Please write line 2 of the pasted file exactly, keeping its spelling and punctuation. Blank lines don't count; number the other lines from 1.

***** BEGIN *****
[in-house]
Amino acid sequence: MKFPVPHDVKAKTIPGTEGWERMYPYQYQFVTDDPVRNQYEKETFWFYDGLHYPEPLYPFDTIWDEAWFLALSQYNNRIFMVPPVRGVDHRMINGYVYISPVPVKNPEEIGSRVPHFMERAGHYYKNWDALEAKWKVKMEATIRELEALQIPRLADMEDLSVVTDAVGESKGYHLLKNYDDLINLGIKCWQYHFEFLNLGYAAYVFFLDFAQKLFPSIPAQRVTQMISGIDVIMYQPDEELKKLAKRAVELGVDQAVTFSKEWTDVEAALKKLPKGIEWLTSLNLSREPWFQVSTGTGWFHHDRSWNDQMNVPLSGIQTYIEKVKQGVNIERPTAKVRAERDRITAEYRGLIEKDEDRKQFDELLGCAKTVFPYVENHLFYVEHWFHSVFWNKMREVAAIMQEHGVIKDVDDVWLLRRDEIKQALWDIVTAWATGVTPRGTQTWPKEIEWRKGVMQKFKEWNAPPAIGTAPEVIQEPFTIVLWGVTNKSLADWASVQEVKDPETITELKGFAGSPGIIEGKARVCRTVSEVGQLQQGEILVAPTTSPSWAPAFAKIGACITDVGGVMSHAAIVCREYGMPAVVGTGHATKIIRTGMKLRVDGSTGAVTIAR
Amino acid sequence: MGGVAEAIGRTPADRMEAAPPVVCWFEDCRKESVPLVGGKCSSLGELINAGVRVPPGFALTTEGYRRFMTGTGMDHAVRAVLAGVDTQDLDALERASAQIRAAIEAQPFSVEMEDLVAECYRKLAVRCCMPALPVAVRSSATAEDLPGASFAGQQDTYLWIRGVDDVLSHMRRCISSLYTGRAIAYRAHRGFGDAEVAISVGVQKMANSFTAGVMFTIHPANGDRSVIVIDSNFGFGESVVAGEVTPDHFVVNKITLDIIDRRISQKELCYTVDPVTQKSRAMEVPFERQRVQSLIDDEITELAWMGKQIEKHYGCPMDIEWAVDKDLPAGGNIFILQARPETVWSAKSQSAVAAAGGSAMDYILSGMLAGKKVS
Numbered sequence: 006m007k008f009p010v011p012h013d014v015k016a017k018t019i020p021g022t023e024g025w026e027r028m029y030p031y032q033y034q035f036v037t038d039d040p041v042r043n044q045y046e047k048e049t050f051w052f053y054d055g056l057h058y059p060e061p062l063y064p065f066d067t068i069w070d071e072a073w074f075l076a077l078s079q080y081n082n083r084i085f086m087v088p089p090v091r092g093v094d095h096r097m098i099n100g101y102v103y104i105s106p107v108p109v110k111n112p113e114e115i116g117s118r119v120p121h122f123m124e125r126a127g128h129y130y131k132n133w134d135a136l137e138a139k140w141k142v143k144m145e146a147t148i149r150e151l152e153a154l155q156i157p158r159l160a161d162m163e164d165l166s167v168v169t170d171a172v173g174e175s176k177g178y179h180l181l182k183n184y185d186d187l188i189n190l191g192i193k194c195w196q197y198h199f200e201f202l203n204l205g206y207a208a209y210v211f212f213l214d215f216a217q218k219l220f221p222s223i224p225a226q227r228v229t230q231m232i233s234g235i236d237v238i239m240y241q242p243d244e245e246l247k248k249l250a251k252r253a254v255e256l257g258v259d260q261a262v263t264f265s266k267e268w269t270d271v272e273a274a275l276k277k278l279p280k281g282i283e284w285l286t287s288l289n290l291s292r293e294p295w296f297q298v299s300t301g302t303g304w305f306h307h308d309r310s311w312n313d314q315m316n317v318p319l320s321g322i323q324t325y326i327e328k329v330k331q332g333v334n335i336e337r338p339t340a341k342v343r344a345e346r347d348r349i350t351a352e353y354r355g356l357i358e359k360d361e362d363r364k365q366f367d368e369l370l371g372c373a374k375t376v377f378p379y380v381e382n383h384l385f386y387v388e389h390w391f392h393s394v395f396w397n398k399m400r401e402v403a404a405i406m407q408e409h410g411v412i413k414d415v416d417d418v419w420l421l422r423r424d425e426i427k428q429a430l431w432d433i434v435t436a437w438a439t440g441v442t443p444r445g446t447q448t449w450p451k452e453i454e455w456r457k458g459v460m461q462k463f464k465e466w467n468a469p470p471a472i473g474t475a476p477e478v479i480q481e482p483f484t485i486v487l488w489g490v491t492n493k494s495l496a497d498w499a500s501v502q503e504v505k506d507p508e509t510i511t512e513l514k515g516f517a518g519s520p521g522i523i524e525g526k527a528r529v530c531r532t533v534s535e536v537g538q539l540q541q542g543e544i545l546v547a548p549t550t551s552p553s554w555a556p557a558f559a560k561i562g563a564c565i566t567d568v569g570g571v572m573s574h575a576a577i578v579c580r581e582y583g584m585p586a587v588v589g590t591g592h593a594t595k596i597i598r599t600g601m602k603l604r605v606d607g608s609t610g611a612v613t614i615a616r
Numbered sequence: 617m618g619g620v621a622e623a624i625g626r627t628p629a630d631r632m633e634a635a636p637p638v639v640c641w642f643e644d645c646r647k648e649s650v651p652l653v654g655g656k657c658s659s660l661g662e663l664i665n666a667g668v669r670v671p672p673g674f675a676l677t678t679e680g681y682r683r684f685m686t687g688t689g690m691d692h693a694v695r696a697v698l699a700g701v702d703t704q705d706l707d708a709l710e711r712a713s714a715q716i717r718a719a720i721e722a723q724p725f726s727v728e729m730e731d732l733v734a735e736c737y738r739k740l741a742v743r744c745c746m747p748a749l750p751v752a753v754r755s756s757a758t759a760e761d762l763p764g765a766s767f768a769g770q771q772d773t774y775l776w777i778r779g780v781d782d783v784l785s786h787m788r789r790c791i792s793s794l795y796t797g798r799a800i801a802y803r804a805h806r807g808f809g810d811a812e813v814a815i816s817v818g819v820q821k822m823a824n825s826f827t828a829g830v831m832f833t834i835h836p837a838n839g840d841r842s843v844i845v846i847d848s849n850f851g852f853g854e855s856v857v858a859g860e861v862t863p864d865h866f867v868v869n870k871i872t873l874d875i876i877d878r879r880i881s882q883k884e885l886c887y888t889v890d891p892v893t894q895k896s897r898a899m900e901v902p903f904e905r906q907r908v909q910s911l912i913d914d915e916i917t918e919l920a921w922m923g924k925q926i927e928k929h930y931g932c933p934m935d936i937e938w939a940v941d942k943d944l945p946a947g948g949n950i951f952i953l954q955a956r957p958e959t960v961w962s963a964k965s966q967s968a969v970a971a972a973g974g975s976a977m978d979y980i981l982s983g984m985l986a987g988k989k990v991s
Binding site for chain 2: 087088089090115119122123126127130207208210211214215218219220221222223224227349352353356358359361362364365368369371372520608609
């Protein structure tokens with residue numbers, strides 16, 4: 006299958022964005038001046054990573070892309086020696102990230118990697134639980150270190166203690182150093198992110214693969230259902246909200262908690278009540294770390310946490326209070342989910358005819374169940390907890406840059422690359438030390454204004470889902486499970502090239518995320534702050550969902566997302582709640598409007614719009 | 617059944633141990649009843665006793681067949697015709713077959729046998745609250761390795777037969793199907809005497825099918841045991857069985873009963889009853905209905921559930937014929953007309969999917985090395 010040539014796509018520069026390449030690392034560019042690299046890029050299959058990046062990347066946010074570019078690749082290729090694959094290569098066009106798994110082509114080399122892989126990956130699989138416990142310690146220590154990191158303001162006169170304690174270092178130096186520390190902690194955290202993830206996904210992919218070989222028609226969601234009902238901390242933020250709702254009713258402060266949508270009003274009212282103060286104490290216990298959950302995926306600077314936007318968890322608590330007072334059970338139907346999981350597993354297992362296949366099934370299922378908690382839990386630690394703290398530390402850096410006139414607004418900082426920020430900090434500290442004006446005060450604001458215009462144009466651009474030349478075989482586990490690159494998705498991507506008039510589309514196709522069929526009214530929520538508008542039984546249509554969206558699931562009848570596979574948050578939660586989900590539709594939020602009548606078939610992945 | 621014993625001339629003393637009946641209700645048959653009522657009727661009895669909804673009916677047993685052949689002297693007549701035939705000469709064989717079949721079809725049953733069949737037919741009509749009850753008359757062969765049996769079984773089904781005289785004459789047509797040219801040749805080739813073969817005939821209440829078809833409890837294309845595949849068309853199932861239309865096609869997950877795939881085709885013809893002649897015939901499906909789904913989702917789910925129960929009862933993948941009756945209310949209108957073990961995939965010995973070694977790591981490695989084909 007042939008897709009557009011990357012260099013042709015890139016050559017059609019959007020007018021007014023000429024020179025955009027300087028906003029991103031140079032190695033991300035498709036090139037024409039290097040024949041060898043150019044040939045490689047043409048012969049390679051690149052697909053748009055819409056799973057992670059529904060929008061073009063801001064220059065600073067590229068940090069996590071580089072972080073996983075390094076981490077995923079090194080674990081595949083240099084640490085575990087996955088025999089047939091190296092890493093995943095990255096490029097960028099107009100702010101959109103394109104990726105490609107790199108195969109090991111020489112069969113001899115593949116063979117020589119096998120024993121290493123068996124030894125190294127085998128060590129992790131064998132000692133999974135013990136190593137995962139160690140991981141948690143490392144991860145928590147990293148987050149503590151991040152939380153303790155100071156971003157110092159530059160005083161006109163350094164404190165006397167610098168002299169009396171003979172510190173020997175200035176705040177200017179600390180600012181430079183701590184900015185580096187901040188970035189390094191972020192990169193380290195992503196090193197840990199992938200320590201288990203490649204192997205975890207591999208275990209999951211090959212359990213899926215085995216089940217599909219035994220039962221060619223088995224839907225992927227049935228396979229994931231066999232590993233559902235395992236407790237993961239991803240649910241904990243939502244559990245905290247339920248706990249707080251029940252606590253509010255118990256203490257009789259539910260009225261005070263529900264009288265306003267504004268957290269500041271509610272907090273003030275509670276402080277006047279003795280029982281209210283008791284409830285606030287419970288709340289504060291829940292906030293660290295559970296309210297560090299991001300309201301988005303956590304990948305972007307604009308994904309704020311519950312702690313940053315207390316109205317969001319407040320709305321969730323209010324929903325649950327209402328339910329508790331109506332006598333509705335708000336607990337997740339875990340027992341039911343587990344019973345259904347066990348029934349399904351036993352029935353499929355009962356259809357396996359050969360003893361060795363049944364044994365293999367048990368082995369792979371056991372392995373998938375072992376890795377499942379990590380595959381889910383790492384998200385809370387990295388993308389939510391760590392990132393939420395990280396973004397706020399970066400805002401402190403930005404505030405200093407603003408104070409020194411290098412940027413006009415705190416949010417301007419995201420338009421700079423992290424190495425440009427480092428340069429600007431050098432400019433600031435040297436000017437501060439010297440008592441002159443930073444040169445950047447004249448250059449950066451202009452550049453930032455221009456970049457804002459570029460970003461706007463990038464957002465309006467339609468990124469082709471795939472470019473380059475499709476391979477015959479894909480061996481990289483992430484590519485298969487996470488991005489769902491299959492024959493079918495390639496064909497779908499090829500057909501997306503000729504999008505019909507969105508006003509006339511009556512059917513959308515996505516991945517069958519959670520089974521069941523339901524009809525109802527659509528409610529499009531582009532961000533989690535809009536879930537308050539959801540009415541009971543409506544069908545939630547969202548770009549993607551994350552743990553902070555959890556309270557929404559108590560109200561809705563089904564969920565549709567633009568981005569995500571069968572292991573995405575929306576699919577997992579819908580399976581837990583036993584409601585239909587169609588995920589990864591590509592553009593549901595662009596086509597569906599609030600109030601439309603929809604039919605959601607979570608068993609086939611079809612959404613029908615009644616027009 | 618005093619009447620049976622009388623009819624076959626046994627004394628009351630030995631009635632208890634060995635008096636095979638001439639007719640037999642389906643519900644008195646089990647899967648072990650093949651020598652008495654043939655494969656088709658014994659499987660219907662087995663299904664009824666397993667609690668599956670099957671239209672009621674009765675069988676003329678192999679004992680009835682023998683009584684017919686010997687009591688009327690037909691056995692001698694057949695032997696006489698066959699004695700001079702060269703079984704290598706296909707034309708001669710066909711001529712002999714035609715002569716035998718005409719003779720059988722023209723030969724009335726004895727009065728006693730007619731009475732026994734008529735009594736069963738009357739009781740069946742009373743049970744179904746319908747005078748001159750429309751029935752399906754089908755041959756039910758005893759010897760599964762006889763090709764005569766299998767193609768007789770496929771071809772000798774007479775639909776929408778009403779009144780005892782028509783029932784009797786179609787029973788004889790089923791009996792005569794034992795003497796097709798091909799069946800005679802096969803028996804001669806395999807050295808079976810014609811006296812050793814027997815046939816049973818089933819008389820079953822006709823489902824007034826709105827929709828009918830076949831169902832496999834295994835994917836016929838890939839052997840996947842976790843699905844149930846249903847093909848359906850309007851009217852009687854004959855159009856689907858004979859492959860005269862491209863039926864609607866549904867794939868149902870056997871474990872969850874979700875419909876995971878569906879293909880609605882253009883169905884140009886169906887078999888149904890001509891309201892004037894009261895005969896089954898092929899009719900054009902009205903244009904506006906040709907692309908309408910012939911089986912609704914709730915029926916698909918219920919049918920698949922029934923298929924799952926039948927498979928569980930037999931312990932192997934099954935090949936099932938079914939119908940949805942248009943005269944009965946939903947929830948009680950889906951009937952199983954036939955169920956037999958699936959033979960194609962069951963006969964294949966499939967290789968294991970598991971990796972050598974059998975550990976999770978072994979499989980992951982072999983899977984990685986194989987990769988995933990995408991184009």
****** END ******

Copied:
Amino acid sequence: MKFPVPHDVKAKTIPGTEGWERMYPYQYQFVTDDPVRNQYEKETFWFYDGLHYPEPLYPFDTIWDEAWFLALSQYNNRIFMVPPVRGVDHRMINGYVYISPVPVKNPEEIGSRVPHFMERAGHYYKNWDALEAKWKVKMEATIRELEALQIPRLADMEDLSVVTDAVGESKGYHLLKNYDDLINLGIKCWQYHFEFLNLGYAAYVFFLDFAQKLFPSIPAQRVTQMISGIDVIMYQPDEELKKLAKRAVELGVDQAVTFSKEWTDVEAALKKLPKGIEWLTSLNLSREPWFQVSTGTGWFHHDRSWNDQMNVPLSGIQTYIEKVKQGVNIERPTAKVRAERDRITAEYRGLIEKDEDRKQFDELLGCAKTVFPYVENHLFYVEHWFHSVFWNKMREVAAIMQEHGVIKDVDDVWLLRRDEIKQALWDIVTAWATGVTPRGTQTWPKEIEWRKGVMQKFKEWNAPPAIGTAPEVIQEPFTIVLWGVTNKSLADWASVQEVKDPETITELKGFAGSPGIIEGKARVCRTVSEVGQLQQGEILVAPTTSPSWAPAFAKIGACITDVGGVMSHAAIVCREYGMPAVVGTGHATKIIRTGMKLRVDGSTGAVTIAR